• Tax reform proposal: House and Senate leadership are trying to pass a big tax cut package in the coming weeks. We have written about this bill extensively (here, here, and here). It is an extraordinarily upside-down proposal that pushes large permanent tax cuts for corporations and the very wealthy, eliminates many tax credits and deductions that help working families, and leaves 13 million people without health insurance. Senate leaders intend to vote on the proposal before the end of the week; the House passed their version of the bill two weeks ago.
  • The tax reform proposal also includes a repeal of the individual mandate - a key part of the ACA. This is projected to cause premium increases in addition to leaving many Americans unable to afford health insurance.

ICYMI: Recent Publications from CT Voices

Session in Review
It has been a long, contentious legislative session, dominated by endless budget fights. It was not, however, a meaningless one. We had many policy victories this year in budget transparency, early care and education, juvenile justice, and health care.
Click here to read our review of the 2017 legislative session.

The State of Early Childhood
For more than a decade, Connecticut has made expanding early care and education programs a policy and budget priority. In our latest report, we provide an in-depth look at early childhood programs in our state and the road ahead.
Click here to read our "State of Early Childhood" report.

The Children's Budget
More than a hundred days after the new fiscal year began, legislators finally found sufficient common ground to pass a budget. The Children’s Budget, the share of state spending in children and families, reached a record low in the latest state budget, declining to 27.8 percent of the budget, down from 29.5 percent in fiscal year 2017.
Read More about how the budget agreement will impact children and families in our latest budget analysis.

What We Are Reading

Issue Areas:
Budget and Tax, Child Welfare, Early Care, Education, Family Economic Security, Health, Juvenile Justice
November 13, 2017

House Tax Bill’s Child Tax Credit Increase Excludes 68,000 Children in Low-Income Working Families

Sharon Langer, MEd, J.D.

House leaders highlight an increase in the maximum value of the federal Child Tax Credit (CTC) as their tax bill’s signature benefit for working families, but the provision completely excludes 68,000 children in Connecticut whose parents work in low-paying jobs, according to a new report from the Washington, DC-based Center on Budget and Policy Priorities. Another 94,000 Connecticut children in low-income working families would receive less than the full $600 increase in the credit that would be available to higher income families. Altogether, about 162,0000 Connecticut children in working families would either be excluded entirely or only partially benefit from the increase in the CTC.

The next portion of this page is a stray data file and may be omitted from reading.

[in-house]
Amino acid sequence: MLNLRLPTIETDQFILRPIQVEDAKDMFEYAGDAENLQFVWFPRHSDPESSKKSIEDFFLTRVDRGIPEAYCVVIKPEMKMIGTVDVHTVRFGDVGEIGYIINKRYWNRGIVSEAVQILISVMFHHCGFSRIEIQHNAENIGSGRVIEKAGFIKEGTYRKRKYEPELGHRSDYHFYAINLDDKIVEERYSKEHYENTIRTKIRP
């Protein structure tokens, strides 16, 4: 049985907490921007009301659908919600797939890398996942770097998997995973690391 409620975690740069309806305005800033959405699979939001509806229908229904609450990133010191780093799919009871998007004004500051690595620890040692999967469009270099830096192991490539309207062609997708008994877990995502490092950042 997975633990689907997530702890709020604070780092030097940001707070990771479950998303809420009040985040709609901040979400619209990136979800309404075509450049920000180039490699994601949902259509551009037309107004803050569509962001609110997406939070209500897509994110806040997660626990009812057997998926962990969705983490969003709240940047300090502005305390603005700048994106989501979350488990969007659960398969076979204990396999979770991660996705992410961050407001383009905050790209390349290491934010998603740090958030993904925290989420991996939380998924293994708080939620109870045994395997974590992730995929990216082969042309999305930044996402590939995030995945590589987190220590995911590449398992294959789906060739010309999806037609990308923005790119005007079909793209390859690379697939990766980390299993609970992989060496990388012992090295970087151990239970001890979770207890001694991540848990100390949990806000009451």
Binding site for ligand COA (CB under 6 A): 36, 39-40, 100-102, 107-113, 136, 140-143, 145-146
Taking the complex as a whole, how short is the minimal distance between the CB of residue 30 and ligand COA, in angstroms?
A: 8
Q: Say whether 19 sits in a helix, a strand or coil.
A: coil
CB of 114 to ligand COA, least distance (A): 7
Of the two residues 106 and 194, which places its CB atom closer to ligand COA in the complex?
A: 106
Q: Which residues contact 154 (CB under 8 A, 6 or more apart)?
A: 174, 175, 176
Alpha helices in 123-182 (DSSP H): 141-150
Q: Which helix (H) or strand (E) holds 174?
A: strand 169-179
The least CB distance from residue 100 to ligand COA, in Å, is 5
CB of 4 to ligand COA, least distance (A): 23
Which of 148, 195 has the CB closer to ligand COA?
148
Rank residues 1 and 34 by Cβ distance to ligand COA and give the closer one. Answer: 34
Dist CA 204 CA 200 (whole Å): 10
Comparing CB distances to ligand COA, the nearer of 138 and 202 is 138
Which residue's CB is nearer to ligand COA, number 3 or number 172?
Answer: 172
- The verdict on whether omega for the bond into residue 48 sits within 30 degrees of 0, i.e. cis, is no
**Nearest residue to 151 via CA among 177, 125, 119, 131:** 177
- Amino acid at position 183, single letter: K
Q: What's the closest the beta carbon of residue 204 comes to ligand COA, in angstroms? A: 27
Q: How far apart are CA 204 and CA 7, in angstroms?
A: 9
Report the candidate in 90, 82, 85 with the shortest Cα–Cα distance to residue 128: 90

Nationally, roughly 23 million children would be partially or entirely excluded from the House plan, even as it newly extends the CTC to families with incomes between $150,000 and $294,000. For example, a single mom of two working full time at the minimum wage would get no benefit from the CTC expansion under the House Republican plan while a married couple earning $230,000 would receive a new $3,200 benefit. Senate leaders have increased the CTC further slightly on their proposal. The basic structure, however, remains the same, so it still provides far larger benefits to higher income families than to families that face difficulties affording the basics.

Helping families that are struggling to make ends meet gives kids a better shot at success. Research suggests that boosting parents’ incomes helps children do better in school, and makes them healthier and more likely to go to college. That’s good for our kids and our economy. Leaving these families out makes no sense. 

House Republican Tax Plan Would Largely Benefit the Wealthy at the Expense of Everyone Else

 

Even as the House tax bill excludes tens of thousands of Connecticut children from its CTC expansion, it spends billions of dollars on large tax cuts for the wealthiest families and profitable corporations. The wealthiest 1 percent of Connecticut residents will receive an average tax cut of $66,020 by 2027, when the plan’s provisions are fully in effect. 

In total, the House bill’s tax cuts would increase the deficit by at least $1.5 trillion over the next decade. Congressional leaders might then use rising deficits to justify seeking large cuts in programs like Medicaid, food assistance for struggling families, education, job training, and college aid – programs that help everyday Americans make ends meet, access health care, and succeed in today’s economy.

The current federal tax proposal excludes millions of low-income working families. But when attention turns to paying for these tax cuts, these are the families that will bear the brunt of cuts in health care, education, job training, and other key programs – a one-two punch that would leave these families worse off overall. Connecticut’s congressional delegation should oppose a tax bill that partially or entirely excludes working families from a CTC increase, provides lavish benefits on the wealthy, and balloons the deficit. Instead, they should pursue a bipartisan tax bill that focuses its benefits on workers and families, doesn’t cut taxes for the wealthy, and doesn’t increase the deficit.

Issue Area:
Budget and Tax